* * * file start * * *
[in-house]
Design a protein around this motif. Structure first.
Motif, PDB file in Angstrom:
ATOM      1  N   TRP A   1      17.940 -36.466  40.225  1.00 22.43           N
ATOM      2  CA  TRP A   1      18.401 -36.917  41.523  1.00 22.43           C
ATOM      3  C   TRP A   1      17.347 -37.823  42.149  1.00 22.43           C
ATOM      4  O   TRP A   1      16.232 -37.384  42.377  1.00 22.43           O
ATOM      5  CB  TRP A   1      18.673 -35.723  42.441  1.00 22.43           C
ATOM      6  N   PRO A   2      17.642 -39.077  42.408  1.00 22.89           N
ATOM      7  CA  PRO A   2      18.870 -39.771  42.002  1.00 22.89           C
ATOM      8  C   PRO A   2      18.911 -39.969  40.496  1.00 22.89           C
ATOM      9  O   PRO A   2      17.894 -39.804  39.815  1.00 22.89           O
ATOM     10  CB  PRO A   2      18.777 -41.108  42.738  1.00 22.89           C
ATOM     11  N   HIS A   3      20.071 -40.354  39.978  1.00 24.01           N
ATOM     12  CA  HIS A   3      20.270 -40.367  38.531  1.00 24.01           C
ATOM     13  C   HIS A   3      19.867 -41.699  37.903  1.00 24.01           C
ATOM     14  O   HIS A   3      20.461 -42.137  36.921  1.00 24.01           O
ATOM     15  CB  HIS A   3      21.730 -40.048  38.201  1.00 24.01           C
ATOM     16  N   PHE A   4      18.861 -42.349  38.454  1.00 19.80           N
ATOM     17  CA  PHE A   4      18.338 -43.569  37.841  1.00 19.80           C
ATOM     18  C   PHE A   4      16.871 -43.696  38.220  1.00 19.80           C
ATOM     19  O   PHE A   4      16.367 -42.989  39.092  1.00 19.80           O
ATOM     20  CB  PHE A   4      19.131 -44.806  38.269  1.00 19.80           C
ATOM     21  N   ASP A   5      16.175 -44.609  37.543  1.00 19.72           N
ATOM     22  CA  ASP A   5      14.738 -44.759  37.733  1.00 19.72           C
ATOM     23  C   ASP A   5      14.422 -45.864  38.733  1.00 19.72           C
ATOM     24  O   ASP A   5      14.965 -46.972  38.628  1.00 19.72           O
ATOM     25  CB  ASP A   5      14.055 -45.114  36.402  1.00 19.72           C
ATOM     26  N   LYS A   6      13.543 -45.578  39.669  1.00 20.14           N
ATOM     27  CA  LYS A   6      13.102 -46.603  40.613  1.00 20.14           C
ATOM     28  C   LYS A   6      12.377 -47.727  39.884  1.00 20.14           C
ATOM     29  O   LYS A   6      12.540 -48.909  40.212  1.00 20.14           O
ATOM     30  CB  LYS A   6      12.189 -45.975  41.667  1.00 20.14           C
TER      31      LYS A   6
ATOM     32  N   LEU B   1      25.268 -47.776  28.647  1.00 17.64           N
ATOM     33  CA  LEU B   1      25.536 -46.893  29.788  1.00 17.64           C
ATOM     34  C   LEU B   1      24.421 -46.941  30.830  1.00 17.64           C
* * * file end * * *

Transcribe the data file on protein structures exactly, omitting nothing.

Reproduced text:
[in-house]
Design a protein around this motif. Structure first.
Motif, PDB file in Angstrom:
ATOM      1  N   TRP A   1      17.940 -36.466  40.225  1.00 22.43           N
ATOM      2  CA  TRP A   1      18.401 -36.917  41.523  1.00 22.43           C
ATOM      3  C   TRP A   1      17.347 -37.823  42.149  1.00 22.43           C
ATOM      4  O   TRP A   1      16.232 -37.384  42.377  1.00 22.43           O
ATOM      5  CB  TRP A   1      18.673 -35.723  42.441  1.00 22.43           C
ATOM      6  N   PRO A   2      17.642 -39.077  42.408  1.00 22.89           N
ATOM      7  CA  PRO A   2      18.870 -39.771  42.002  1.00 22.89           C
ATOM      8  C   PRO A   2      18.911 -39.969  40.496  1.00 22.89           C
ATOM      9  O   PRO A   2      17.894 -39.804  39.815  1.00 22.89           O
ATOM     10  CB  PRO A   2      18.777 -41.108  42.738  1.00 22.89           C
ATOM     11  N   HIS A   3      20.071 -40.354  39.978  1.00 24.01           N
ATOM     12  CA  HIS A   3      20.270 -40.367  38.531  1.00 24.01           C
ATOM     13  C   HIS A   3      19.867 -41.699  37.903  1.00 24.01           C
ATOM     14  O   HIS A   3      20.461 -42.137  36.921  1.00 24.01           O
ATOM     15  CB  HIS A   3      21.730 -40.048  38.201  1.00 24.01           C
ATOM     16  N   PHE A   4      18.861 -42.349  38.454  1.00 19.80           N
ATOM     17  CA  PHE A   4      18.338 -43.569  37.841  1.00 19.80           C
ATOM     18  C   PHE A   4      16.871 -43.696  38.220  1.00 19.80           C
ATOM     19  O   PHE A   4      16.367 -42.989  39.092  1.00 19.80           O
ATOM     20  CB  PHE A   4      19.131 -44.806  38.269  1.00 19.80           C
ATOM     21  N   ASP A   5      16.175 -44.609  37.543  1.00 19.72           N
ATOM     22  CA  ASP A   5      14.738 -44.759  37.733  1.00 19.72           C
ATOM     23  C   ASP A   5      14.422 -45.864  38.733  1.00 19.72           C
ATOM     24  O   ASP A   5      14.965 -46.972  38.628  1.00 19.72           O
ATOM     25  CB  ASP A   5      14.055 -45.114  36.402  1.00 19.72           C
ATOM     26  N   LYS A   6      13.543 -45.578  39.669  1.00 20.14           N
ATOM     27  CA  LYS A   6      13.102 -46.603  40.613  1.00 20.14           C
ATOM     28  C   LYS A   6      12.377 -47.727  39.884  1.00 20.14           C
ATOM     29  O   LYS A   6      12.540 -48.909  40.212  1.00 20.14           O
ATOM     30  CB  LYS A   6      12.189 -45.975  41.667  1.00 20.14           C
TER      31      LYS A   6
ATOM     32  N   LEU B   1      25.268 -47.776  28.647  1.00 17.64           N
ATOM     33  CA  LEU B   1      25.536 -46.893  29.788  1.00 17.64           C
ATOM     34  C   LEU B   1      24.421 -46.941  30.830  1.00 17.64           C